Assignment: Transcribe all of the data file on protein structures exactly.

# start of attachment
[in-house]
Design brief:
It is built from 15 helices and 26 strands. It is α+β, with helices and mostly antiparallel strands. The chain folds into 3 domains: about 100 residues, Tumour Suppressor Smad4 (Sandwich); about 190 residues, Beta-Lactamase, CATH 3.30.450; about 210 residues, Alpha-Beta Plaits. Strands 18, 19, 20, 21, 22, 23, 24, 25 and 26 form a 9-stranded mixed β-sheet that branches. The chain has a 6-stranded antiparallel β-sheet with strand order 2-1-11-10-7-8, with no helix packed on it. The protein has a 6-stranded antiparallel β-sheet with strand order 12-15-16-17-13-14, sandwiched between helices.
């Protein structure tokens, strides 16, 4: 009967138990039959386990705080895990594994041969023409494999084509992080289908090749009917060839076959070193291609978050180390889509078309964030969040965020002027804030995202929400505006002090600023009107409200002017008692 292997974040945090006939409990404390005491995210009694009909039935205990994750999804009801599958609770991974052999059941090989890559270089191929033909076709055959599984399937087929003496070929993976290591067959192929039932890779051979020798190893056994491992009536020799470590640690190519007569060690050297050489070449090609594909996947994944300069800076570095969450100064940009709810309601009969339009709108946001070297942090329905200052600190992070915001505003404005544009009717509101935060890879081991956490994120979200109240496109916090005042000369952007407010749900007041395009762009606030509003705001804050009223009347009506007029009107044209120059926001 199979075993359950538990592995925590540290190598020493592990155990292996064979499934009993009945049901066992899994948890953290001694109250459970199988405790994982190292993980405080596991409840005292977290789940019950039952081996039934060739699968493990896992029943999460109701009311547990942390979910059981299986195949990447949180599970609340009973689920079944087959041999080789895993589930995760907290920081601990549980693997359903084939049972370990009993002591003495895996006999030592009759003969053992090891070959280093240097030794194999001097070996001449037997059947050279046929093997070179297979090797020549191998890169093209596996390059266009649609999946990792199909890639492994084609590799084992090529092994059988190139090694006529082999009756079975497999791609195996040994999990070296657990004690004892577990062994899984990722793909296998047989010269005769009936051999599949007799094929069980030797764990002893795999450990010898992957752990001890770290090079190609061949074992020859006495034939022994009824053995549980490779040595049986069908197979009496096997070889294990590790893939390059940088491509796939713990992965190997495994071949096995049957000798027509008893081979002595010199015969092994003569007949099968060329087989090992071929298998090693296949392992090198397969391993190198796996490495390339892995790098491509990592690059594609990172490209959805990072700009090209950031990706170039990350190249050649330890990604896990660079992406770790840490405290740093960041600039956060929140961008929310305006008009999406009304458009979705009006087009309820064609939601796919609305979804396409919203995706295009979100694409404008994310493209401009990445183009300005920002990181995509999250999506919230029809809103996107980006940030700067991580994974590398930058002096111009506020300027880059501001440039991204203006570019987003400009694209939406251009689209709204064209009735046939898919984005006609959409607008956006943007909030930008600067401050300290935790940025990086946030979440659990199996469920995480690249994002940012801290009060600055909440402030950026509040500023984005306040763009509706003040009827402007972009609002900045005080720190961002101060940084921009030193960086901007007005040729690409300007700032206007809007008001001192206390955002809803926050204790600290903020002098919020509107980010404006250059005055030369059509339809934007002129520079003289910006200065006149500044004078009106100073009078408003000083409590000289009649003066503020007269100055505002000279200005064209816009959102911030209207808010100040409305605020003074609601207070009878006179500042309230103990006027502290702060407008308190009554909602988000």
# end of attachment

[in-house]
Design brief:
It is built from 15 helices and 26 strands. It is α+β, with helices and mostly antiparallel strands. The chain folds into 3 domains: about 100 residues, Tumour Suppressor Smad4 (Sandwich); about 190 residues, Beta-Lactamase, CATH 3.30.450; about 210 residues, Alpha-Beta Plaits. Strands 18, 19, 20, 21, 22, 23, 24, 25 and 26 form a 9-stranded mixed β-sheet that branches. The chain has a 6-stranded antiparallel β-sheet with strand order 2-1-11-10-7-8, with no helix packed on it. The protein has a 6-stranded antiparallel β-sheet with strand order 12-15-16-17-13-14, sandwiched between helices.
């Protein structure tokens, strides 16, 4: 009967138990039959386990705080895990594994041969023409494999084509992080289908090749009917060839076959070193291609978050180390889509078309964030969040965020002027804030995202929400505006002090600023009107409200002017008692 292997974040945090006939409990404390005491995210009694009909039935205990994750999804009801599958609770991974052999059941090989890559270089191929033909076709055959599984399937087929003496070929993976290591067959192929039932890779051979020798190893056994491992009536020799470590640690190519007569060690050297050489070449090609594909996947994944300069800076570095969450100064940009709810309601009969339009709108946001070297942090329905200052600190992070915001505003404005544009009717509101935060890879081991956490994120979200109240496109916090005042000369952007407010749900007041395009762009606030509003705001804050009223009347009506007029009107044209120059926001 199979075993359950538990592995925590540290190598020493592990155990292996064979499934009993009945049901066992899994948890953290001694109250459970199988405790994982190292993980405080596991409840005292977290789940019950039952081996039934060739699968493990896992029943999460109701009311547990942390979910059981299986195949990447949180599970609340009973689920079944087959041999080789895993589930995760907290920081601990549980693997359903084939049972370990009993002591003495895996006999030592009759003969053992090891070959280093240097030794194999001097070996001449037997059947050279046929093997070179297979090797020549191998890169093209596996390059266009649609999946990792199909890639492994084609590799084992090529092994059988190139090694006529082999009756079975497999791609195996040994999990070296657990004690004892577990062994899984990722793909296998047989010269005769009936051999599949007799094929069980030797764990002893795999450990010898992957752990001890770290090079190609061949074992020859006495034939022994009824053995549980490779040595049986069908197979009496096997070889294990590790893939390059940088491509796939713990992965190997495994071949096995049957000798027509008893081979002595010199015969092994003569007949099968060329087989090992071929298998090693296949392992090198397969391993190198796996490495390339892995790098491509990592690059594609990172490209959805990072700009090209950031990706170039990350190249050649330890990604896990660079992406770790840490405290740093960041600039956060929140961008929310305006008009999406009304458009979705009006087009309820064609939601796919609305979804396409919203995706295009979100694409404008994310493209401009990445183009300005920002990181995509999250999506919230029809809103996107980006940030700067991580994974590398930058002096111009506020300027880059501001440039991204203006570019987003400009694209939406251009689209709204064209009735046939898919984005006609959409607008956006943007909030930008600067401050300290935790940025990086946030979440659990199996469920995480690249994002940012801290009060600055909440402030950026509040500023984005306040763009509706003040009827402007972009609002900045005080720190961002101060940084921009030193960086901007007005040729690409300007700032206007809007008001001192206390955002809803926050204790600290903020002098919020509107980010404006250059005055030369059509339809934007002129520079003289910006200065006149500044004078009106100073009078408003000083409590000289009649003066503020007269100055505002000279200005064209816009959102911030209207808010100040409305605020003074609601207070009878006179500042309230103990006027502290702060407008308190009554909602988000």